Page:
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Premier Eby deplores 'most hateful' speech praising Hamas attack

Pro-Palestinian protesters hold a demonstration during a visit by Prime Minister Justin Trudeau to the University of Victoria, in Saanich, B.C., on Friday, April 19, 2024. B.C. Premier David Eby has joined other politicians denouncing remarks at a pro-Palestinian demonstration in Vancouver where protesters chanted "long live Oct. 7," praising that day's attacks by Hamas on Israel.
Image Credit: THE CANADIAN PRESS/Darryl Dyck

VANCOUVER - British Columbia Premier David Eby and other politicians have denounced remarks at a demonstration in Vancouver where protesters chanted "long live Oct. 7," praising that day's attacks by Hamas on Israel.

Charlotte Kates of the Samidoun Palestinian Prisoner Solidarity Network told the rally outside the Vancouver Art Gallery on Friday that the attack was "heroic and brave."

Eby said the comments about the attack, that killed about 1,200 people, mostly civilians, were "the most hateful" he could imagine.

"Celebrating the murder, the rape of innocent people attending a music festival, it's awful," Eby said at an unrelated news conference on Monday.

"It's reprehensible, and it shouldn't take place in British Columbia. There is clearly an element of some individuals using an international tragedy to promote hate that's completely unacceptable."

Kates and Samidoun did not immediately respond to requests for comment.

Eby also remarked on an encampment by pro-Palestinian protesters that began at the University of B.C. on Monday.

Similar camps have appeared on campuses across the United States, as well as at McGill University in Montreal and the University of Ottawa.

At McGill, activists have set up dozens of tents. The university said Monday morning it had seen video evidence of some protesters using "unequivocally antisemitic language and intimidating behaviour" during the protest.

The UBC camp included about 20 tents on MacInnes Field by noon Monday.

Eby said a university campus, while a protected space for free speech, should foster a safe space for students of all backgrounds, especially for Jewish students during a time they feel "particularly alone on campuses and need additional support to feel safe."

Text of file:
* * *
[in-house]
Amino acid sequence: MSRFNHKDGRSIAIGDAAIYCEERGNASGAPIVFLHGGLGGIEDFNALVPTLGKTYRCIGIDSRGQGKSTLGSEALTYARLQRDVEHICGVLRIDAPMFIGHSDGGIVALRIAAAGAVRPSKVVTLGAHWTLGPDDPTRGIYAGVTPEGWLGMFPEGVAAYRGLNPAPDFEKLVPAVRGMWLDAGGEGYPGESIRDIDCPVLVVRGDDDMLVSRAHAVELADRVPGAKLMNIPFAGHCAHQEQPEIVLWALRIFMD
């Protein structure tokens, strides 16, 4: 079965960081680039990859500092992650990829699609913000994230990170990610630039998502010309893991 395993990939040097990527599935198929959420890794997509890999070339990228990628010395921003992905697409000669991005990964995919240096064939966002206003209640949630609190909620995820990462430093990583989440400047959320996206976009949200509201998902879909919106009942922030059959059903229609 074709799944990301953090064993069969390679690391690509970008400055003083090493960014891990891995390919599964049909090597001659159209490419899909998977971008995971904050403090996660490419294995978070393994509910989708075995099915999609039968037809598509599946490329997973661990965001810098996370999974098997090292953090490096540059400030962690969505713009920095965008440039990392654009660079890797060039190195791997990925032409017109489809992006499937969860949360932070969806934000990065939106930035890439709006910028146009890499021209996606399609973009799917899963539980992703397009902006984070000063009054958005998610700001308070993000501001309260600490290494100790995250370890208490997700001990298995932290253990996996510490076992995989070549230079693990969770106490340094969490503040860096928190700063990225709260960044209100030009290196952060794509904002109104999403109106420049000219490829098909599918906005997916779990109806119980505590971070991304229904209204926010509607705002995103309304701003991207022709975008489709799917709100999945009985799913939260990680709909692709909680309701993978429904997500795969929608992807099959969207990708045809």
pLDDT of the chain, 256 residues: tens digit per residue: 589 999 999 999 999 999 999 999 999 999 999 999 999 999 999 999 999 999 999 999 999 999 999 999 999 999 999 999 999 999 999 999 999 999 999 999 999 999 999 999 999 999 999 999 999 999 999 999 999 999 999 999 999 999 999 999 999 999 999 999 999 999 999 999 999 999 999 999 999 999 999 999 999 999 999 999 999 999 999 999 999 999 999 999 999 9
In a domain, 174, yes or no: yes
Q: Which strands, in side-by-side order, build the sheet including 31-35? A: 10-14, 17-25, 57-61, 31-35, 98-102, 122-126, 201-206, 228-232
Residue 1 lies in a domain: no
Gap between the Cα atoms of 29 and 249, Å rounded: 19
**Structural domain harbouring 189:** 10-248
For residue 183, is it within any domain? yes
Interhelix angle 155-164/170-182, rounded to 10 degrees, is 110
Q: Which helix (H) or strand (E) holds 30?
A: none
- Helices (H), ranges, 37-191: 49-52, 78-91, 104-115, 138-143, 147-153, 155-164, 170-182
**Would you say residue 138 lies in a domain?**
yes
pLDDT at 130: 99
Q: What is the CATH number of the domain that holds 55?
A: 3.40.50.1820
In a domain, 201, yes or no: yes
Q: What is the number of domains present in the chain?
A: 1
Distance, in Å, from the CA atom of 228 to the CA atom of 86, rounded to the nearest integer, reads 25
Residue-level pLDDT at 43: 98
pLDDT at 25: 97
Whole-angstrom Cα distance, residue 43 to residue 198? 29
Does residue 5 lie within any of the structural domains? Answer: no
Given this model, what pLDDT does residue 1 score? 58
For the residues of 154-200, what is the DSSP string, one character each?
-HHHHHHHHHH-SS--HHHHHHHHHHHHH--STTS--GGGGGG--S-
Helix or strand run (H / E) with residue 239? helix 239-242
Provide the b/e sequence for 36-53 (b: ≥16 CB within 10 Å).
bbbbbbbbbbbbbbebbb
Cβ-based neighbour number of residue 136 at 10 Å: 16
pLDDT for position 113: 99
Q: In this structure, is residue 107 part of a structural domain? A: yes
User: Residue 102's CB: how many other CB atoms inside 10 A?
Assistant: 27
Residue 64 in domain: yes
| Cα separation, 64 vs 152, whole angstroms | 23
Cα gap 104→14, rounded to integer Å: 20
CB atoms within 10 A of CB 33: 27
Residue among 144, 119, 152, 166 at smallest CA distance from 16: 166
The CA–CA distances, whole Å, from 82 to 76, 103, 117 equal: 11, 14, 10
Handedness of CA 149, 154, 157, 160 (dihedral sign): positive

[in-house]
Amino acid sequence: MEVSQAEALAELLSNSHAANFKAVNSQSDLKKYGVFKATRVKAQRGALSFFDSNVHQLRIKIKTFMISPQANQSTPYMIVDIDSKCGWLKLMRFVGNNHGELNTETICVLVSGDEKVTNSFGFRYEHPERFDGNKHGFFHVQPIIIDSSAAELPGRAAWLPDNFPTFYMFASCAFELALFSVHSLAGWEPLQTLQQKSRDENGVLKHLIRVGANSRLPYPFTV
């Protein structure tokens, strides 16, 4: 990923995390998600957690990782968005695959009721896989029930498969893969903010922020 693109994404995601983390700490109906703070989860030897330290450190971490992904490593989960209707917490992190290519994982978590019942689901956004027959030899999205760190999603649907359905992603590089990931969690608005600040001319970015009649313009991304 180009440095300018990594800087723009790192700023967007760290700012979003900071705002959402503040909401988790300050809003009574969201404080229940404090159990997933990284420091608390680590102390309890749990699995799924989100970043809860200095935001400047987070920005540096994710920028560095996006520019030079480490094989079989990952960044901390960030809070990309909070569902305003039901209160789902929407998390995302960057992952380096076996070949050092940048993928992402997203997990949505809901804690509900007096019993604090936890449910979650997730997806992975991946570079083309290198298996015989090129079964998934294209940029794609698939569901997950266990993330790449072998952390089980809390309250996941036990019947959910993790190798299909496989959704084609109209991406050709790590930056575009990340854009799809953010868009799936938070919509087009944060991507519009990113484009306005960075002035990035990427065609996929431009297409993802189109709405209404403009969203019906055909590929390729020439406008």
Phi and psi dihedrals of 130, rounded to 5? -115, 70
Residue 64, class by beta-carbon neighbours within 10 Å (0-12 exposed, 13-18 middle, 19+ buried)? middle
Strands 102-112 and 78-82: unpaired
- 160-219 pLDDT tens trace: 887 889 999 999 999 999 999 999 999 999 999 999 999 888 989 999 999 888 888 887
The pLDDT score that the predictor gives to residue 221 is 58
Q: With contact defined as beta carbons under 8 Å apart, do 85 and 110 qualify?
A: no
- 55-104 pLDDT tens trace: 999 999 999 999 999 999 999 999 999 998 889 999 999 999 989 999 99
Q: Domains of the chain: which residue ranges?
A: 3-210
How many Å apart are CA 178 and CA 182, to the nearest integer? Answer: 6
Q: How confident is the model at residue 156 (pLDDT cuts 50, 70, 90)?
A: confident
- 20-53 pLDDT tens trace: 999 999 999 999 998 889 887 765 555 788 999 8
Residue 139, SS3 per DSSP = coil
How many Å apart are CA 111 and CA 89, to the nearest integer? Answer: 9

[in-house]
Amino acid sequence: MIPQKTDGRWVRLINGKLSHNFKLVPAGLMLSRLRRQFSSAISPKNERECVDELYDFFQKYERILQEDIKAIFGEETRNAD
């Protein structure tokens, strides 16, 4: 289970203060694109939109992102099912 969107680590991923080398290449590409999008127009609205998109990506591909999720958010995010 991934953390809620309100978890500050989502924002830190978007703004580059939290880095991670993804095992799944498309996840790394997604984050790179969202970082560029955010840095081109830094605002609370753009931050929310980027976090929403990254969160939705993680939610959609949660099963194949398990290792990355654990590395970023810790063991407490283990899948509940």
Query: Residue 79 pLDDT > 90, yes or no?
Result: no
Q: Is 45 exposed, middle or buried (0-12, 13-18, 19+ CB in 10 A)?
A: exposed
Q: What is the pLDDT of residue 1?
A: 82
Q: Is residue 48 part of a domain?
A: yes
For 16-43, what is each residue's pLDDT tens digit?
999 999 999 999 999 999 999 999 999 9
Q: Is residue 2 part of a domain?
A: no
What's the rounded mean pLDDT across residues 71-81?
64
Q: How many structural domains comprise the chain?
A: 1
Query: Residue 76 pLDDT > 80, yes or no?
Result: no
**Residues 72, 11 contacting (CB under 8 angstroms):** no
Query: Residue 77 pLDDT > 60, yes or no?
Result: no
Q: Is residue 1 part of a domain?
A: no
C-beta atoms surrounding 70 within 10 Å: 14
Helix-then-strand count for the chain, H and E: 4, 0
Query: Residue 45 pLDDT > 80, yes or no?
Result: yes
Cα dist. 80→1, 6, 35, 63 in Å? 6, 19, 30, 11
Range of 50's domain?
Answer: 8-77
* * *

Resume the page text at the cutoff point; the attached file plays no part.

"I have no reason to doubt that the leadership, both student and administration, at UBC will find that balance between ensuring students are safe and making sure that atmosphere of free exchange of ideas can continue to take place on campus."

In a series of messages posted on social media platform X, UBC protest organizers have asked supporters to bring tents and sandbags, as well as food, water, first aid and generators.

Naisha Khan, a spokeswoman for the protest camp, said tents started going up at 5 a.m. Monday, with attendees from UBC, Simon Fraser University and Emily Carr University of Art and Design.

Khan said they wouldn't leave until UBC supported the Palestinian right to "resistance," and the right of return to what is now Israel.

In a written response, UBC spokesman Matthew Ramsey said the school is monitoring the situation and keeping in contact with the RCMP.

Protests must "be taken with respect for others and within the boundaries of university policy and the law," he said.

"We also remind everyone that hate and intolerance have no place at UBC," Ramsey said. "The university must be a place of reasoned debate where conflicting views can peacefully coexist."

Before Eby, the Vancouver Art Gallery rally had drawn condemnation from Vancouver Mayor Ken Sim, who called it a "celebration of terrorism and antisemitism."

Sim said in a post on X on Sunday that people who "spew this vile hatred" were not welcome in the city.

Liberal member for Vancouver Granville Taleeb Noormohamed said on X that "glorifying Oct. 7 is unacceptable" and "does nothing to promote peace," while B.C. Opposition Leader Kevin Falcon called the speech a "celebration of the heinous murder of Jews."

This report by The Canadian Press was first published April 29, 2024.

News from © The Canadian Press, 2024
The Canadian Press

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